This is the post where I bore you with graphs, but its not too bad. As a followup to last friday’s <a href=”https://headwatersolver.wordpress.com/2014/01/31/is-transit-just-compressed-traffic/”>post</a> about the correlation (relationship?) between transit usage and commute times, I promised I’d look at some other things that might relate to transit, traffic and commutes. I also included Atlanta, at the request of a Facebook friend. The results of that search led me to some follow on questions, which I’ll address in a later post.
In addition to the received “commute time” and “transit share of commute”, I also found “congestion index” from the <a href=”http://www.rita.dot.gov/bts/sites/rita.dot.gov.bts/files/publications/national_transportation_statistics/html/table_01_71.html”>Bureau</a> of Transportation Statistics. It is a controversial measure, as congestion is a subjective and experiential variable. I you plan for congestion and leave a half hour earlier every day so you can unwind, you have a much better experience with congestion than a tourist who needs to make a flight out of town in rush hour. For bikers and walker, traffic congestion is a plus, not a minus, as traffic’s relative speed and absolute danger is much less than during free-flow times of day. However, the congestion index has been collected consistently for over a decade and is available for all metropolitan areas. I am humble that data availability trumps data quality, every time.
I also collected GDP by metro in 2004, 2006 and 2008 from the <a href=”http://www.bea.gov/newsreleases/regional/gdp_metro/2008/gdp_metro0908.htm”>Bureau</a> of Economic Analysis. GDP has its controversies as well, but they are not nearly as persuasive as the controversies over Congestion index. GDP measures all transaction, but we could all agree that a $140,000 house purchase contributes more to the economy than a week’s stay in the Intensive Care Unit.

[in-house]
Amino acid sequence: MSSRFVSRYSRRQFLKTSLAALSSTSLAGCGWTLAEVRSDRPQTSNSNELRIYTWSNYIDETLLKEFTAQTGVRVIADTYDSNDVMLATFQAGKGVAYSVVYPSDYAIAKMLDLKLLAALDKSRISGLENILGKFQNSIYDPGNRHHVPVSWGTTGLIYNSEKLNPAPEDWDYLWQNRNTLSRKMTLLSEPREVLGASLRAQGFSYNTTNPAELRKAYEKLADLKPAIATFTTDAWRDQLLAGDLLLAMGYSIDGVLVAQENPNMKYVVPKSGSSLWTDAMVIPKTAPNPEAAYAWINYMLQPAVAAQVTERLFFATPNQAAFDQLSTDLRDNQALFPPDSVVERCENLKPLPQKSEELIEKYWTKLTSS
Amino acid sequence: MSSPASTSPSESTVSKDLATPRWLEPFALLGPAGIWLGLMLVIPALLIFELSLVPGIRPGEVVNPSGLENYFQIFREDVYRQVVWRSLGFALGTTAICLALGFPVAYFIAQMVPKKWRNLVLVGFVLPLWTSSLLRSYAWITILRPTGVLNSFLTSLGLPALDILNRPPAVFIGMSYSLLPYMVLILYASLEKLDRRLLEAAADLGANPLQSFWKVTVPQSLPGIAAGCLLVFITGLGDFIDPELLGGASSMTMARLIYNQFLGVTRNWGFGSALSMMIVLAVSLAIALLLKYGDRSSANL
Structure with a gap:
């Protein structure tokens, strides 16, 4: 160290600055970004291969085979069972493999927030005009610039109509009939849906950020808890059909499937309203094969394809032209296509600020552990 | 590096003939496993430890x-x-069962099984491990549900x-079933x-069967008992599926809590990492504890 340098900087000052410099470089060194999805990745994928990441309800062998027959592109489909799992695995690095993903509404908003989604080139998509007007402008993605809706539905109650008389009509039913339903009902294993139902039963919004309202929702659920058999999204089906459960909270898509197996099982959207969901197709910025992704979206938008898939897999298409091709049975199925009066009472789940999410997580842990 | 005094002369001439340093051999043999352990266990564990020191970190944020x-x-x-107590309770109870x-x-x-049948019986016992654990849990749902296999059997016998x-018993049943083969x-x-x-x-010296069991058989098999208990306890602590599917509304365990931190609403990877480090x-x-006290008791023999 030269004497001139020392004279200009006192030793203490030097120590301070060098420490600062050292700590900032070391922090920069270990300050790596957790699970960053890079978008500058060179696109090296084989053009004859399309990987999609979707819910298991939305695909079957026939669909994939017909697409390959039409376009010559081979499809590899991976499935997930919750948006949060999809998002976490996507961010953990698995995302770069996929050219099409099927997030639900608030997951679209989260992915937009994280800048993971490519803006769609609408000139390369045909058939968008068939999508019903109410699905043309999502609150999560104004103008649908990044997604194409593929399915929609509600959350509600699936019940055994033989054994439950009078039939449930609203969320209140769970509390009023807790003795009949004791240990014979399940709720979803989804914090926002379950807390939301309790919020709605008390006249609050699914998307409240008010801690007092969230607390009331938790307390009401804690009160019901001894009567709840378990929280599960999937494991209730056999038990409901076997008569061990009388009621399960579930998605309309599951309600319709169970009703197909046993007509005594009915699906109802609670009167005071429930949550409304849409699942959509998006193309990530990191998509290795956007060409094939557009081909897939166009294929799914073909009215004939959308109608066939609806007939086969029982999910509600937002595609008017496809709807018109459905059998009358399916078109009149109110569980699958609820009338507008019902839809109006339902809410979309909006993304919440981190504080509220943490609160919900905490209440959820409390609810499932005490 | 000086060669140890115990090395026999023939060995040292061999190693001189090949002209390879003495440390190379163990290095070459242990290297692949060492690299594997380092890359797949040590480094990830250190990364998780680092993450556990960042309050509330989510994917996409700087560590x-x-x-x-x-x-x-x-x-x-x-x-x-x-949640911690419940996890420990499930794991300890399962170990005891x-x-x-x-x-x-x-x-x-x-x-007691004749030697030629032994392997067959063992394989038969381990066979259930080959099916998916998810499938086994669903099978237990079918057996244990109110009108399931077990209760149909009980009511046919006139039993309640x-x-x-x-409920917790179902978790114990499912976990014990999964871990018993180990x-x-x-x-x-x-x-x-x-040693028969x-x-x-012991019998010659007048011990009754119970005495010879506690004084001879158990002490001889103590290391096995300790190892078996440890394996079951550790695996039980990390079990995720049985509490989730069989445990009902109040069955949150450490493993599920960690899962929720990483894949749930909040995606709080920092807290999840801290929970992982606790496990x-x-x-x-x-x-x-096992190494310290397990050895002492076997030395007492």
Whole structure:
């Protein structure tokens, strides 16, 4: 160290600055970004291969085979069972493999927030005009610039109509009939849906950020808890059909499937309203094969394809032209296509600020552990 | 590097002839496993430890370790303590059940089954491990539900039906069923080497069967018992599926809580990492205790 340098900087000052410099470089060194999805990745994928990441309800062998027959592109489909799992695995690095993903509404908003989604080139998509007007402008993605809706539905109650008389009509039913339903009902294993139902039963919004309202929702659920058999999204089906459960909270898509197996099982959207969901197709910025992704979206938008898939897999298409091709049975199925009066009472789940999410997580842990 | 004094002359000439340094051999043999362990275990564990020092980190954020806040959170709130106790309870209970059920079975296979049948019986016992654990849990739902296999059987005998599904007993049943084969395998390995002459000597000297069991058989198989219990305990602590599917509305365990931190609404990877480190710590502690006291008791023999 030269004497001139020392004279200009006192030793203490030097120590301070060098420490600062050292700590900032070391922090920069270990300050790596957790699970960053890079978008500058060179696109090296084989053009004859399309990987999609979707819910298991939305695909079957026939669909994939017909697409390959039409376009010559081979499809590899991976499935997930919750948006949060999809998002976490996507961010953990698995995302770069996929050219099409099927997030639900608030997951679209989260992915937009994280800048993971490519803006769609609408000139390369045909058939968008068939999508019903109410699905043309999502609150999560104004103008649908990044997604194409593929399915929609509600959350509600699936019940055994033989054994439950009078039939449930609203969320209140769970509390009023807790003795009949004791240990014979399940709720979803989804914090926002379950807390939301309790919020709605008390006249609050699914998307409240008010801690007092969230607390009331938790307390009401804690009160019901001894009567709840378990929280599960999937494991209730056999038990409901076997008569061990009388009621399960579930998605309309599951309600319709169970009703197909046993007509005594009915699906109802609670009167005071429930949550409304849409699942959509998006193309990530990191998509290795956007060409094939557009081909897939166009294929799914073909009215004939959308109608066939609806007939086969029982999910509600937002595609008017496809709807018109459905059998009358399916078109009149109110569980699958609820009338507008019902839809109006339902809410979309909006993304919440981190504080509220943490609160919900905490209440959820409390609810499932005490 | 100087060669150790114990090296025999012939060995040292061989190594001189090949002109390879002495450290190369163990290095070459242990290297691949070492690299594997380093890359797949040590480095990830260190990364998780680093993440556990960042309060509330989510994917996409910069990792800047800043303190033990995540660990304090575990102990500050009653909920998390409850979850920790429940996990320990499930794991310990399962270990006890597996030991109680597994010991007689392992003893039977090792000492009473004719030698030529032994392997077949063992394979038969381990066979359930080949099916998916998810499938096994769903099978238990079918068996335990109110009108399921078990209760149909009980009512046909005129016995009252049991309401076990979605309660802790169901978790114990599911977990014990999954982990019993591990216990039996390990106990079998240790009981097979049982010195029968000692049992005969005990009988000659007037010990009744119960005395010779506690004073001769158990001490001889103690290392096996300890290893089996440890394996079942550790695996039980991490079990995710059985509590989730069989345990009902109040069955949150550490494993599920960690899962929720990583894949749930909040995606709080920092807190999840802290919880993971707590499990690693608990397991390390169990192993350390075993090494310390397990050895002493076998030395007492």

Finally, I collected city, metropolitan and population change rates (birth, death, immigration, and emigration rates from the <a href=”https://www.census.gov/popest/data/historical/2000s/vintage_2006/metro.html”>census</a> for 2006. God bless them for having all this data broken down by metro. Really quite stunning work.
I also calculated some ratios and fractions, like change in GDP 2004-2006 and 2004-2008, City/Metro population ratio, and immigration as a fraction of metro population change. I figured these might have something to do with the buzz in the economy of each metro, and would predict more traffic congestion, commute times, and transit use.
It turns out that the only correlations with a r-squared over 50% were “Commute Time-Transit Share” (we knew that already), “Transit Share-GDP 2006”, “Commute Time-GDP 2006” “Commute Time-Metro Population 2006”. Those graphs and their correlations are shown below. By the way, New York, the “Big Apple” is shown in Red, while Atlanta, capitol of “the Peach State” is shown in Orange.
The last, strongest correlation is actually the most interesting, if I am willing to ascribe causality to it. Large Metros have large commute times, because there’s more of each other we need to get through to get to our fershlugginer work. Or so the story might go.
So I’m still missing something. These are not strong correlations, and I’m soon going to lurch over into ANOVA if I’m not careful. There might be interesting differences between cities above and below those trend lines, for example. I’d like to look at the job markets, income, and especially road and transit networks for these towns. My next post on this topic will depend on my finding those data.
Monday, I’ll probably be writing about crime near transit stations.
Well, time for our blended commute.